What does Supervision mean for me? A well-fitting, bespoke suit!

– written by Gill Johnson and Alison Evans

On 11th June, Alison Evans (Supervision Lead and Executive Director at The Mindfulness Network and core trainer at Bangor University’s Centre for Mindfulness Research and Practice) and Gill Johnson (Friends of Bangor) hosted a Friends of Bangor event at 24 Greencoat Place, London for a FoB Specialist Day.  We gathered for the morning with the intention to bring teachers together in practice and dialogue to reflect on “What does Supervision mean for me?”  We had heard many times about how important supervision is if you are a mindfulness teacher, but what does supervision actually mean in the context of mindfulness-based interventions?  The message from our morning was that it is highly integrated with our work as mindfulness teachers and with our personal mindfulness practices, and is unlike supervision in other contexts.

The metaphor of a well-fitted suit emerged during the morning, from Gill, and (excuse the pun) became embroidered with subtleties as we reflected deeper on our own processes of supervision, our expectations and our fears. The supervisor (the tailor) and the supervisee (the customer) both bring their own expertise to the table to co-create the suit. The cloth, the pattern and design, the cut and assembly will all influence the final garment. If the tailor and customer don’t listen to or respect each other, the suit may end up ill-fitting and uncomfortable to wear. There needs to be an open spirit of co-operation where both parties want to deliver a “well-fitted suit” that may take a multitude of forms.

We explored various aspects of supervision, beginning with what it means to me. We took a moment to see the value of supervision and how it supports us as teachers, encouraging our growth and development. Alison shared a model of supervision for us to hold in mind during our own supervision sessions. We then explored what we choose, as supervisees, to bring to supervision.  We observed that there is a danger that supervision could become another thing on our to-do list, especially as it is required by the Good Practice Guidelines, or that our sessions could be reduced to a shopping list of problems for the supervisor to fix with no real depth or learning, and limited engagement.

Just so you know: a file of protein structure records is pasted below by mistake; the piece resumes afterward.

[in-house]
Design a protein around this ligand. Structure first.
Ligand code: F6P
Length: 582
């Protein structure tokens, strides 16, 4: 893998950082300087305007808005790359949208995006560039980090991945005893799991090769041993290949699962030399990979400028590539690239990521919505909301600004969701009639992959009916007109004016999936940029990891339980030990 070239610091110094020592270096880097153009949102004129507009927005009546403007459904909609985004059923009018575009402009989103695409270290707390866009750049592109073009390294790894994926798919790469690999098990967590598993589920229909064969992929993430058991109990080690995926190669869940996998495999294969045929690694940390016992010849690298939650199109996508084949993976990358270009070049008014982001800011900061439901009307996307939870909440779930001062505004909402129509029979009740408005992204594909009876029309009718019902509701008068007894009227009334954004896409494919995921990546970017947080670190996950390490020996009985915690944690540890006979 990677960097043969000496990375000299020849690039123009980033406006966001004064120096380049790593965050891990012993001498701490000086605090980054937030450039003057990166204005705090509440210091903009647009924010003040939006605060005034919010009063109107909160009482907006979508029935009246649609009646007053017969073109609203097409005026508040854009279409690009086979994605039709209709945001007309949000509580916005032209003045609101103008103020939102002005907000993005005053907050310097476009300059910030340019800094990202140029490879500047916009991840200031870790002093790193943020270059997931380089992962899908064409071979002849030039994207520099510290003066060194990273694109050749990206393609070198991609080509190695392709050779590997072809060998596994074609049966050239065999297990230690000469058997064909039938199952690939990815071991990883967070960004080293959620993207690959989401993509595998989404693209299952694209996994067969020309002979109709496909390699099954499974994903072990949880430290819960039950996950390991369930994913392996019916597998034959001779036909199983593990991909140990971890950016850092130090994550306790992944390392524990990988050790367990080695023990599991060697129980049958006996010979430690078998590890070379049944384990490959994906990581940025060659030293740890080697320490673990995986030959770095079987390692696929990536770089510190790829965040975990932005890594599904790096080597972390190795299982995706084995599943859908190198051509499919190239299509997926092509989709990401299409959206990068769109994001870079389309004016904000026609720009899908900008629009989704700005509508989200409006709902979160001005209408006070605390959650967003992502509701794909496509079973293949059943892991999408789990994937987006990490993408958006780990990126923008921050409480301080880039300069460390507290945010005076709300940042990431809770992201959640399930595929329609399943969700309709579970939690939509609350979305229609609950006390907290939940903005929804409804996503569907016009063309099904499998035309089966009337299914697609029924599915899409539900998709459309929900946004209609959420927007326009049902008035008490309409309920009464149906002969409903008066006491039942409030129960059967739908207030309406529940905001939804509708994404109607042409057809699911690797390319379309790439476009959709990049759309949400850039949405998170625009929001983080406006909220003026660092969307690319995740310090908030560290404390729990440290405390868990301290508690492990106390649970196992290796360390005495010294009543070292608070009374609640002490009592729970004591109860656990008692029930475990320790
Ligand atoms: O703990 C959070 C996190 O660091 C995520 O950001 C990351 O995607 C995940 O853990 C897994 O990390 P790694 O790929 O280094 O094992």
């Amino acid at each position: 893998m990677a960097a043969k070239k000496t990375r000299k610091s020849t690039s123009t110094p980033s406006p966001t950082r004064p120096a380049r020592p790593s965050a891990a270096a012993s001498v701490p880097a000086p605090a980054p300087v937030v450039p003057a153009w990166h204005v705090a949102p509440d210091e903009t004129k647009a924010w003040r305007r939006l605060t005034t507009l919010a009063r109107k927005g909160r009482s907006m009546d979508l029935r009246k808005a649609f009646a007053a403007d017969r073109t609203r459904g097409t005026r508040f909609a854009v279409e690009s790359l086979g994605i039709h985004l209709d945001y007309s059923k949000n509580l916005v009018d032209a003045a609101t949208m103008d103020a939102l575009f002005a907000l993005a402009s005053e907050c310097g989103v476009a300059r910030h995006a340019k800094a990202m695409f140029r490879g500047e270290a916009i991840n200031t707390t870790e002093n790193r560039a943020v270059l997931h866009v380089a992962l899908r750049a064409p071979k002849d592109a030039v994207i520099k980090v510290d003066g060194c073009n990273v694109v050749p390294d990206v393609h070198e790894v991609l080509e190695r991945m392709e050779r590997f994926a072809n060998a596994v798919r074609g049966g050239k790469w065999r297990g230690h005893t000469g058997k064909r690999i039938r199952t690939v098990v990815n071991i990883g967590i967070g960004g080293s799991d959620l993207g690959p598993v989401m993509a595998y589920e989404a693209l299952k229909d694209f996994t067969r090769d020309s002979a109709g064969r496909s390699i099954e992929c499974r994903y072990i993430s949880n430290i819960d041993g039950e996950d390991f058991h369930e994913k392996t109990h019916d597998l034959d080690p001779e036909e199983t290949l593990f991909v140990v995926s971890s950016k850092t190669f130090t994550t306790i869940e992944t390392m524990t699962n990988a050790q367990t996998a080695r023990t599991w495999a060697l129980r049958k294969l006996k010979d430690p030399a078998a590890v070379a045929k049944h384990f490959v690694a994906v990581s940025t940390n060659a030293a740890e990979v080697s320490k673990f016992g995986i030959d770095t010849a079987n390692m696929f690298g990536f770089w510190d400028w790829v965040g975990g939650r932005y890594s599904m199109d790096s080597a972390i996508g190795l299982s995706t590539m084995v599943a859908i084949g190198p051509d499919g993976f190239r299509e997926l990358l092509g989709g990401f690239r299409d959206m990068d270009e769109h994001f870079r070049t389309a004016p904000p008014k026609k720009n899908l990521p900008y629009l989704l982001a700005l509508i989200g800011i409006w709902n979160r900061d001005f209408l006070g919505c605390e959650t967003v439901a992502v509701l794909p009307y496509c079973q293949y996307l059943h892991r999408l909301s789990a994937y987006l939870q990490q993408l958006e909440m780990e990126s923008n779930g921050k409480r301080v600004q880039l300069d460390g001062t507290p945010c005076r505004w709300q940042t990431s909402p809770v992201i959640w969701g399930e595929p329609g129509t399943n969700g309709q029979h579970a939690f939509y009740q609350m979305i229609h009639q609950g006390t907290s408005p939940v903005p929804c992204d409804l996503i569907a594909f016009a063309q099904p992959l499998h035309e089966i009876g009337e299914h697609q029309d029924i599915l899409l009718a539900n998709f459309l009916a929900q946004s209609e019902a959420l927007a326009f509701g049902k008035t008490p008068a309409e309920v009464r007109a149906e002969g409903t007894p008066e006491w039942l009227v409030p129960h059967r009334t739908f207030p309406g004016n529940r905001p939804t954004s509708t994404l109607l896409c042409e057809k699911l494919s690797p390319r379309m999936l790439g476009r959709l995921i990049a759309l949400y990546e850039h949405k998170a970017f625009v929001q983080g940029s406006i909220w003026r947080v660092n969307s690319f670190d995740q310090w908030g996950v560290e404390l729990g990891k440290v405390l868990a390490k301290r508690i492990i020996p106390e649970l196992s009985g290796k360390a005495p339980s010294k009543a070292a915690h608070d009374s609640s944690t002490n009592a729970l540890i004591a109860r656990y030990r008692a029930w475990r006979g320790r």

Our attitude and intention towards the process coloured the way in which we approached supervision. As supervisees, we may tend to prepare, making detailed reflections after teaching, taking time for them to settle and then coming back to see the most pertinent aspects, and narrow down the focus ahead of the session. Or, we may be looser, allowing the agenda to unfold in the session and simply being present, sitting at the beginning of supervision with the supervisor and seeing what emerges. Or, our approach might sit somewhere in between.  It became clear that supervision offers us a space that should not be crowded with too much activity, so  that we allow time, for each agenda item, to pause and reflect. Several people spoke of preferring an hour rather than 30 minutes to give this aspect sufficient time and space. We noted, with amusement, that any aspect of our teaching and personal practice could be brought to the supervision table, even requesting a review of the supervision arrangement itself.

There were as many different processes for taking what has been learned in supervision forward as participants in the room.  The variety of different methods – such as making a few notes in the session and/or afterwards, with key points, discussing actions at the end of the session – reflected the rich tapestry of experience of both supervisee and supervisor. We could see the tendency to move from supervision straight onto the next thing in life. This made us wonder if the space that is created in supervision may need a bit of time directly afterwards – a moment to pause, reflect and take in the dialogue.

We ended the session feeling confident that we would be able to co-create our own bespoke supervision suit, which would fit well if we participated with care and attention.  The overall sense of the morning was one of feeling nourished from being in relationship with other mindfulness-based practitioners and teachers, through our practice, presence and dialogue on the day. This relational connection is, of course, a key aspect of supervision.

You find out more about Gill at the Friends of Bangor’s website.

You can find out more about Alison Evans by clicking HERE.

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